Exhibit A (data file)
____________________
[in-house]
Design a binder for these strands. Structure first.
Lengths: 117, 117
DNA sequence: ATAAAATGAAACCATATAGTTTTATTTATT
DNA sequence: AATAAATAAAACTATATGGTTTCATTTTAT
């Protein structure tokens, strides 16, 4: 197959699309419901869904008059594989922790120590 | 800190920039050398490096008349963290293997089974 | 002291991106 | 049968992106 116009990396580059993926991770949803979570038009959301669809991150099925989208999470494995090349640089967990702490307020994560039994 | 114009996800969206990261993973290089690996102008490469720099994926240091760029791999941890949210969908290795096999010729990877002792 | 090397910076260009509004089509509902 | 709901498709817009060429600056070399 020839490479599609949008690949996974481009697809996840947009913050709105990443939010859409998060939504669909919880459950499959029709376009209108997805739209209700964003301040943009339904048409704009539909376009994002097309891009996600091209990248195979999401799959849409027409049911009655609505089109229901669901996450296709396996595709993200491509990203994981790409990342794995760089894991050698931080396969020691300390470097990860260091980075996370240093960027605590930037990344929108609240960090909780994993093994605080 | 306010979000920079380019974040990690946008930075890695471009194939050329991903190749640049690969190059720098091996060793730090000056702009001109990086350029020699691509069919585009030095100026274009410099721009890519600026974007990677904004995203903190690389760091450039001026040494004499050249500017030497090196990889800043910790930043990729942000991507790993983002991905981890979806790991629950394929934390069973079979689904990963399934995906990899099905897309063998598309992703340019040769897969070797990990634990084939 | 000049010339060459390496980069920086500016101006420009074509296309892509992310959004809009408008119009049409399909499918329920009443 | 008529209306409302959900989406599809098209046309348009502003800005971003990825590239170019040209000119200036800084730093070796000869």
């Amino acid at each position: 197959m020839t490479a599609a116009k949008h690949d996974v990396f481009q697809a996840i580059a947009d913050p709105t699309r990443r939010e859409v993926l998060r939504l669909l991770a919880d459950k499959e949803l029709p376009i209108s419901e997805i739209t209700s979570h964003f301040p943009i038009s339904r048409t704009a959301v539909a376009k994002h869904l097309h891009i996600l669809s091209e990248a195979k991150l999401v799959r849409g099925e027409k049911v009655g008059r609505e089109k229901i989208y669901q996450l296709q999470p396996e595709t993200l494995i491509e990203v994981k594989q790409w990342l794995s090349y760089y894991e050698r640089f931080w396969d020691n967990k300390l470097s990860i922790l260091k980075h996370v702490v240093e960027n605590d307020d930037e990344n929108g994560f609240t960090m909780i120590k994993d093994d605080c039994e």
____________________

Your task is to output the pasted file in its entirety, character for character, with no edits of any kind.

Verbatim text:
[in-house]
Design a binder for these strands. Structure first.
Lengths: 117, 117
DNA sequence: ATAAAATGAAACCATATAGTTTTATTTATT
DNA sequence: AATAAATAAAACTATATGGTTTCATTTTAT
């Protein structure tokens, strides 16, 4: 197959699309419901869904008059594989922790120590 | 800190920039050398490096008349963290293997089974 | 002291991106 | 049968992106 116009990396580059993926991770949803979570038009959301669809991150099925989208999470494995090349640089967990702490307020994560039994 | 114009996800969206990261993973290089690996102008490469720099994926240091760029791999941890949210969908290795096999010729990877002792 | 090397910076260009509004089509509902 | 709901498709817009060429600056070399 020839490479599609949008690949996974481009697809996840947009913050709105990443939010859409998060939504669909919880459950499959029709376009209108997805739209209700964003301040943009339904048409704009539909376009994002097309891009996600091209990248195979999401799959849409027409049911009655609505089109229901669901996450296709396996595709993200491509990203994981790409990342794995760089894991050698931080396969020691300390470097990860260091980075996370240093960027605590930037990344929108609240960090909780994993093994605080 | 306010979000920079380019974040990690946008930075890695471009194939050329991903190749640049690969190059720098091996060793730090000056702009001109990086350029020699691509069919585009030095100026274009410099721009890519600026974007990677904004995203903190690389760091450039001026040494004499050249500017030497090196990889800043910790930043990729942000991507790993983002991905981890979806790991629950394929934390069973079979689904990963399934995906990899099905897309063998598309992703340019040769897969070797990990634990084939 | 000049010339060459390496980069920086500016101006420009074509296309892509992310959004809009408008119009049409399909499918329920009443 | 008529209306409302959900989406599809098209046309348009502003800005971003990825590239170019040209000119200036800084730093070796000869």
């Amino acid at each position: 197959m020839t490479a599609a116009k949008h690949d996974v990396f481009q697809a996840i580059a947009d913050p709105t699309r990443r939010e859409v993926l998060r939504l669909l991770a919880d459950k499959e949803l029709p376009i209108s419901e997805i739209t209700s979570h964003f301040p943009i038009s339904r048409t704009a959301v539909a376009k994002h869904l097309h891009i996600l669809s091209e990248a195979k991150l999401v799959r849409g099925e027409k049911v009655g008059r609505e089109k229901i989208y669901q996450l296709q999470p396996e595709t993200l494995i491509e990203v994981k594989q790409w990342l794995s090349y760089y894991e050698r640089f931080w396969d020691n967990k300390l470097s990860i922790l260091k980075h996370v702490v240093e960027n605590d307020d930037e990344n929108g994560f609240t960090m909780i120590k994993d093994d605080c039994e």